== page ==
Skip to main content

Zombie Army 4: Dead War channels grindhouse horror for cheap shooter thrills

(Image credit: Rebellion)

Perhaps it says something that, as a rare independent studio in 2020, Rebellion has stuck for so long with its particular brand of third-person shooters, while also balancing board games, comics, and even the Judge Dredd license. The mishmash of pop culture influences has resulted in the most video-game-ass-video-game title ever: Zombie Army 4: Dead War, which wears its grindhouse and comic book influences proudly, but struggles to overcome the same hurdles as any other zombie franchise. Namely, enough originality to justify its own reanimation.

Zombie war (almost) never changes

A regular zombie can still be a good zombie, something Rebellion creative lead Tim Jones will stand by even when plenty of more creatively gory and threatening options are available. A pack of them bearing down on you? That’s even better.

Zombie Army 4: Dead War is exactly the sort of regular zombie shooter that, if you're reading this, you probably know all too well. Once again, you can sniper and rifle blast your way through hordes of undead either solo or with up to three friends across some pleasantly lengthy levels that vary from immense bunkers to the lava-erupting streets of Venice. You’re there for the fun, but you can also compete to rack up the most points of your group along the way.

The biggest new additions are found in ZA4's abilities. Besides the usual sniper, primary, and sidearm combo Zombie Army fans will be familiar with, Rebellion has added a number of ridiculous magic powers that eschew grittiness and embrace a more colorful, fun side of slaying. 

Some of the perks are a fairly standard assortment of damage boosters, but there’s also stuff like a medic feat that allows you to shoot bullets that also heal teammates you hit. Want to deal a lot more damage up close? A machete slash ability will let you chop through about three zombies in one swing. My favorite was easily the divine hammer. Channel your inner Thor for a ground pound and the immediate area will get cleared, while also healing you. You can even attach some elemental effects to your weapons along the way that’ll zap and burn zombies, or just destroy them with the power of god.

(Image credit: Rebellion)

It’s all wrapped up in a new progression system that rewards you with exactly what you’d expect: weapon upgrades (although things felt a bit scarce here), the aforementioned perks and special attacks, item mods, and some fairly basic cosmetic items. It’s not exactly a battle pass’ worth of goodies. It kind of feels like you could blow through it all in one campaign run, but it does serve the purpose of giving a fairly linear game more replayability than previous entries ever did.

Lending a severed hand

We’re approaching a massively fortified bunker deep in the woods, and we’re knocking on the doors with TNT.

If you’ve played even just one of Rebellion’s shooters, you probably already know what Zombie Army 4 feels like. Fast-paced, arcadey shooting that feels a little floaty, but it could be worse. Despite trudging through a dense forest and then a junkyard full of trashed cars, my loadout appears to be a not-entirely-useful sniper rifle that I can’t dispose of and one other primary rifle or shotgun that I can.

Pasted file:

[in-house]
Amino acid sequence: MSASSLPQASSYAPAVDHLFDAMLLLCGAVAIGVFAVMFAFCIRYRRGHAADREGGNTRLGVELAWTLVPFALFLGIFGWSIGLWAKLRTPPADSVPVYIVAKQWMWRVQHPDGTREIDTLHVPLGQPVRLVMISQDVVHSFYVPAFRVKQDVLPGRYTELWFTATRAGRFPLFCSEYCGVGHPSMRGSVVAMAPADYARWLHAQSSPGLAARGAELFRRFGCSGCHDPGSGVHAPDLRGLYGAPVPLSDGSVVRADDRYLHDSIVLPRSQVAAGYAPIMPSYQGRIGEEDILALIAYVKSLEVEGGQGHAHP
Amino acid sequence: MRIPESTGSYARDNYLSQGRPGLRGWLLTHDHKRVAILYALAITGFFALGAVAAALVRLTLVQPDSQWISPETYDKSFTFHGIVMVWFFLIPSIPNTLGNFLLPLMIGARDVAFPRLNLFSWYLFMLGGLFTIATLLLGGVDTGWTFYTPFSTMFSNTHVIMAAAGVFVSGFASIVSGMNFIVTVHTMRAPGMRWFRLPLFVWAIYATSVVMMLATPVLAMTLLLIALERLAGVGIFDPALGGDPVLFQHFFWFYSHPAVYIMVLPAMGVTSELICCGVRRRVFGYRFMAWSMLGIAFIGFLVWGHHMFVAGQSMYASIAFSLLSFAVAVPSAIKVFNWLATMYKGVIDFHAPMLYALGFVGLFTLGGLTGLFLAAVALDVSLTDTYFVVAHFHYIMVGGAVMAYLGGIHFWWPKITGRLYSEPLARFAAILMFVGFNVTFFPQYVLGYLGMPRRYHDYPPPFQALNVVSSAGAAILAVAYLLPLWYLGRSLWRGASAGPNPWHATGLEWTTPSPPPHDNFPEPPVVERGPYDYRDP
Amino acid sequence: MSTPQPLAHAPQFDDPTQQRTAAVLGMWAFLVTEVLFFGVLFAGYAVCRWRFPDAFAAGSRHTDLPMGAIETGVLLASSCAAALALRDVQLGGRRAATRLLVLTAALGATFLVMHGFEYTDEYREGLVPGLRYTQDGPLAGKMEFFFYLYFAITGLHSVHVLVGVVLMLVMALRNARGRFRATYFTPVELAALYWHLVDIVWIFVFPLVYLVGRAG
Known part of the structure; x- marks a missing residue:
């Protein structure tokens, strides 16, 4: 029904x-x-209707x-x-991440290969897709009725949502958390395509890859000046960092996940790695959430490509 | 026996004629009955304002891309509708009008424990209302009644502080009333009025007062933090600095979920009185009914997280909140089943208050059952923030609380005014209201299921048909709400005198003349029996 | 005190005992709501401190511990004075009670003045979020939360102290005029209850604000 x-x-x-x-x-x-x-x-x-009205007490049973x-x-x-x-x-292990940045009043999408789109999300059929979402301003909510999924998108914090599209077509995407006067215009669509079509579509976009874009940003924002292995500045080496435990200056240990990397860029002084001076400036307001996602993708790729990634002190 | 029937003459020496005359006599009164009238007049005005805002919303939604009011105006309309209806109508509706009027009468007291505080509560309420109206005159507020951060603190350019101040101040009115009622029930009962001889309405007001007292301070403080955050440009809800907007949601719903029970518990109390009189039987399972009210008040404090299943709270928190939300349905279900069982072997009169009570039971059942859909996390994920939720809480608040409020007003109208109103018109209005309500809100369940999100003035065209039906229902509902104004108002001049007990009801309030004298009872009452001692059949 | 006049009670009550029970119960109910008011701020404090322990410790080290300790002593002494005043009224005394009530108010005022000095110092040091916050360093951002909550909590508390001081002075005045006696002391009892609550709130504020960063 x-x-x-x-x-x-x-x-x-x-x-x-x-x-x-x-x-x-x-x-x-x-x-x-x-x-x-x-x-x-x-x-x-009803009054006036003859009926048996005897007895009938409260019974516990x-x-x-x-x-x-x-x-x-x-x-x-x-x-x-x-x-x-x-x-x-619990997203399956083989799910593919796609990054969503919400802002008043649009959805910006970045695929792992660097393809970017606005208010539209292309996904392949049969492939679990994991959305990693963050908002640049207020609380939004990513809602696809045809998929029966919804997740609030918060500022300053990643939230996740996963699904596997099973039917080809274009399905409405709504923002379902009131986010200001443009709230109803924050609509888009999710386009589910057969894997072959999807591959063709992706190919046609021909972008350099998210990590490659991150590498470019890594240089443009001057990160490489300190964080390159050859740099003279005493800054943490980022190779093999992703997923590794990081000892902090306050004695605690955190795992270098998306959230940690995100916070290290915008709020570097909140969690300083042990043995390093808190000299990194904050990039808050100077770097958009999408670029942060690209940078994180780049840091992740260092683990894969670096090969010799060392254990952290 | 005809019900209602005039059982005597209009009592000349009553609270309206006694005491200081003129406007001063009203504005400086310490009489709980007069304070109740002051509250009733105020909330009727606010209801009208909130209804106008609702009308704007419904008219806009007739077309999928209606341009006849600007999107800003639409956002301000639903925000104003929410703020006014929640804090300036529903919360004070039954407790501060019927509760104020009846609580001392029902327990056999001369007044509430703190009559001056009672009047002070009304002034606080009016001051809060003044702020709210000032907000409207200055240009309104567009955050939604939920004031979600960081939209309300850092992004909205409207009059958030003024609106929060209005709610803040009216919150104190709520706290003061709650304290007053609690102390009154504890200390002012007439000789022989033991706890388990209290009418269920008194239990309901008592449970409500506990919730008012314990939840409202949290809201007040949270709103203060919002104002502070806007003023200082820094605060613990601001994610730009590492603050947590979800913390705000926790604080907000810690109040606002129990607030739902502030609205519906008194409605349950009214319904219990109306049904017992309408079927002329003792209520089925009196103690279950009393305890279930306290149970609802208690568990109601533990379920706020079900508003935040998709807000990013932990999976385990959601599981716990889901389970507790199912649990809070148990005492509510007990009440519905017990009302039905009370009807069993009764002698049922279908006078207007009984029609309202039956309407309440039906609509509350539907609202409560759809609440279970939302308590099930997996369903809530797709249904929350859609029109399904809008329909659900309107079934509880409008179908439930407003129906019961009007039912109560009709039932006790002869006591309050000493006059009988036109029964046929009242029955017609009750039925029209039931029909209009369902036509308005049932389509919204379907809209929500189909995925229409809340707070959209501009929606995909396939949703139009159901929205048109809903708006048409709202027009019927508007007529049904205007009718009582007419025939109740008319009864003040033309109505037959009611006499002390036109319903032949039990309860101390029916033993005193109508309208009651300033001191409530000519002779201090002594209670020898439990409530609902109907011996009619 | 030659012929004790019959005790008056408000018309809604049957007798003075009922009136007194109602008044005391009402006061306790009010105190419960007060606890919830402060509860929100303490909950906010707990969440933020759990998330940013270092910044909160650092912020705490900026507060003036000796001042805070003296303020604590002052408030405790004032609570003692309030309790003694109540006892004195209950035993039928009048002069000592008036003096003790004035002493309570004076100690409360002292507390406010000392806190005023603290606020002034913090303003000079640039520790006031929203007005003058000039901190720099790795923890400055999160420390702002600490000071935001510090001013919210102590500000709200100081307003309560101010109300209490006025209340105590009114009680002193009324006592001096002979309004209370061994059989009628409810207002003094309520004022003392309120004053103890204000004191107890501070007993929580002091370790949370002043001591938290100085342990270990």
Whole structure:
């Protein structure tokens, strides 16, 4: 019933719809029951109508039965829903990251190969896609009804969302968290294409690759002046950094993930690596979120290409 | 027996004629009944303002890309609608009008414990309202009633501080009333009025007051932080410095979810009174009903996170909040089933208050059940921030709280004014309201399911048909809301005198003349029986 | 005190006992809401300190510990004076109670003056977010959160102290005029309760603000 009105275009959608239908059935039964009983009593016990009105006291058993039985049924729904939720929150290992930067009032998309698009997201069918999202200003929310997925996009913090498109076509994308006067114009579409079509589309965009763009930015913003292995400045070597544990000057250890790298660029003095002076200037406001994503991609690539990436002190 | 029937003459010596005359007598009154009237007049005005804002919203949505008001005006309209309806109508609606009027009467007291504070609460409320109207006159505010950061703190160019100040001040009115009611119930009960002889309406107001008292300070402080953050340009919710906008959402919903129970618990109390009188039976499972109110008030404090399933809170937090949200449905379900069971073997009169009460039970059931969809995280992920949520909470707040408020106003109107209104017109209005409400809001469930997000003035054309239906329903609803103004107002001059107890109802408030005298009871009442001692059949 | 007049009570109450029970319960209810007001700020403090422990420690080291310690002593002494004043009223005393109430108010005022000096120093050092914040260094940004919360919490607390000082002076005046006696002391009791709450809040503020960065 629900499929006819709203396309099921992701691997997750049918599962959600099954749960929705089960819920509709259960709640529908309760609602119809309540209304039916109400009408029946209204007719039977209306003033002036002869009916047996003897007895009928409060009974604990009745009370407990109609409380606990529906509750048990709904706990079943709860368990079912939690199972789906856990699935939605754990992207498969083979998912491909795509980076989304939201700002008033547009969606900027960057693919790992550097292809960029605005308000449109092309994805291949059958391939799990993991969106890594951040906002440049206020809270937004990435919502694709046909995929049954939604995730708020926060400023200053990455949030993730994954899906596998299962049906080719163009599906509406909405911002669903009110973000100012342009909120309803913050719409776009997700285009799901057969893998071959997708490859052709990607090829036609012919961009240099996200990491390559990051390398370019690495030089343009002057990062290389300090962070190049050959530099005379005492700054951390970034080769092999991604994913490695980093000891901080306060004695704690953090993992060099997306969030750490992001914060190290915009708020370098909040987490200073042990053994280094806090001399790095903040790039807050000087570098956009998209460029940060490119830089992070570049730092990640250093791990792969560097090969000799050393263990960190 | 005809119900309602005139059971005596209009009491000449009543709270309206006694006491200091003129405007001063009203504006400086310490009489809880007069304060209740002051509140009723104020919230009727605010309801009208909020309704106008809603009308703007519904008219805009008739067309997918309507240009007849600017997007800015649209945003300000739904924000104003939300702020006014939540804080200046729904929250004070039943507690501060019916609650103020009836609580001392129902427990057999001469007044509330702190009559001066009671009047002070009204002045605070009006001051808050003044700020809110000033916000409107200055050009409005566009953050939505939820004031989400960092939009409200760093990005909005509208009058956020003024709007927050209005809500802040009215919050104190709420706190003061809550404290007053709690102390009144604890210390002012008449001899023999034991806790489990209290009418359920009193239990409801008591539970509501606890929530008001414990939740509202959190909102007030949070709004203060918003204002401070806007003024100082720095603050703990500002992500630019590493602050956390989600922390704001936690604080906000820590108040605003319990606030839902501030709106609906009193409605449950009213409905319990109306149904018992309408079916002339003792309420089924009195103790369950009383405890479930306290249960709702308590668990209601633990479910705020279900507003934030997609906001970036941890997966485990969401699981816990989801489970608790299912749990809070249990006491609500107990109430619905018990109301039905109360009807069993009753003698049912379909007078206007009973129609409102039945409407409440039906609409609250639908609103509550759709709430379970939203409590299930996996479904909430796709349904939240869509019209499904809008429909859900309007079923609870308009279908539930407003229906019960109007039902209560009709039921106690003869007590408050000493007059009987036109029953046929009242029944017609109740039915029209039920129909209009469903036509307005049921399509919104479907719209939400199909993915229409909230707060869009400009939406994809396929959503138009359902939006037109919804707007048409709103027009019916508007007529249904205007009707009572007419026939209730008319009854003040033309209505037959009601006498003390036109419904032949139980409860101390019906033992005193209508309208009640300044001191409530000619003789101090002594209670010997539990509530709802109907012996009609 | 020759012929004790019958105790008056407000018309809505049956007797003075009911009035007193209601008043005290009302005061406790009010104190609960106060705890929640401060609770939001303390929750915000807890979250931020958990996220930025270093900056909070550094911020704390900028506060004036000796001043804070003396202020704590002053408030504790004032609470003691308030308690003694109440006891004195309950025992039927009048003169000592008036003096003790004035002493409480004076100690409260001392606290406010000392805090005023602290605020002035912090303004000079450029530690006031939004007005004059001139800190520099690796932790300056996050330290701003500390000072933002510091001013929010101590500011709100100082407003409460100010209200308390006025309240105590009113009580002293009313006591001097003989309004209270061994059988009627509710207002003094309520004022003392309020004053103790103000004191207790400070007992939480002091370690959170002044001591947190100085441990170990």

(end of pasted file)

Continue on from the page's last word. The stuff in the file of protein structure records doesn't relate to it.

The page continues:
Up to a point, it’s all business as usual for a co-op zombie shooter. There’s plenty of sniping red barrels, shotgunning hordes in the face, and the special abilities let us toss the occasional wild card into the mix, eliminating threats as fast as they pop up from the earth.

(Image credit: Rebellion)

The woods of Europe are a sickly shade of green, but even they’ve got nothing on the putrid gunk of a Nazi zombie infestation. Something about the trees gnarled by mortar fire and the vaguely voodoo-like symbols scattered around almost makes it feel like a deep south bayou, choking on hundreds of years of swampy mystery.

Then the Nazi zombie tank rolls around the corner.

Finally, something a little different. Rebellion tells me that Zombie Army 4 will feature a number of these organically mutated machines, and they’re certainly imposing. This particular ride appears to enjoy circling our small battlefield, peppering away at my three fellow players and I until we finally fill it with enough lead, which frustratingly took far longer than it should have, thanks to two dodgy squadmates.

What should have been only a moderately difficult boss fight is soon dragged out into a much lengthier ordeal, with two of our squadmates aimlessly wandering around, constantly muttering to themselves like a couple of chuckleheads who couldn’t care less about just getting on with it, all while their fellow players struggle to tick off objectives. “Heyyyyy, mannnn. Like...what’s up with that tank, huh?” “I dunno, I’m just here for the shotty.”

Maybe I’m being a little harsh on my peers, and on Zombie Army 4, but if being unceremoniously ditched by a couple of supposed professionals sours the experience that much, I dare not think what joining up with random players might feel like.

Thankfully, the rest of my time with Zombie Army 4 improved the further we went into the military base’s guts. Though previous Zombie Army entries had a handful of unique zombie types to confront, Dead War really throws everything and the kitchen sink at you. You want sprinty zombies? Chainsaw-throwing zombies? Flamethrower zombies? Towering juggernauts that clearly go to a dentist who specializes in barbed wire braces? You’ve got ‘em. They make for good fodder, and seem to move a little more convincingly than previous Zombie Army games, shambling with just enough wobble to make them challenging targets. As my team climbs the stairs towards a gym room where zombies are propped up in boxing gear and workout clothes, climbing rope more successfully than I ever have, it’s clear that Rebellion is allowing itself to have a bit more fun this time around.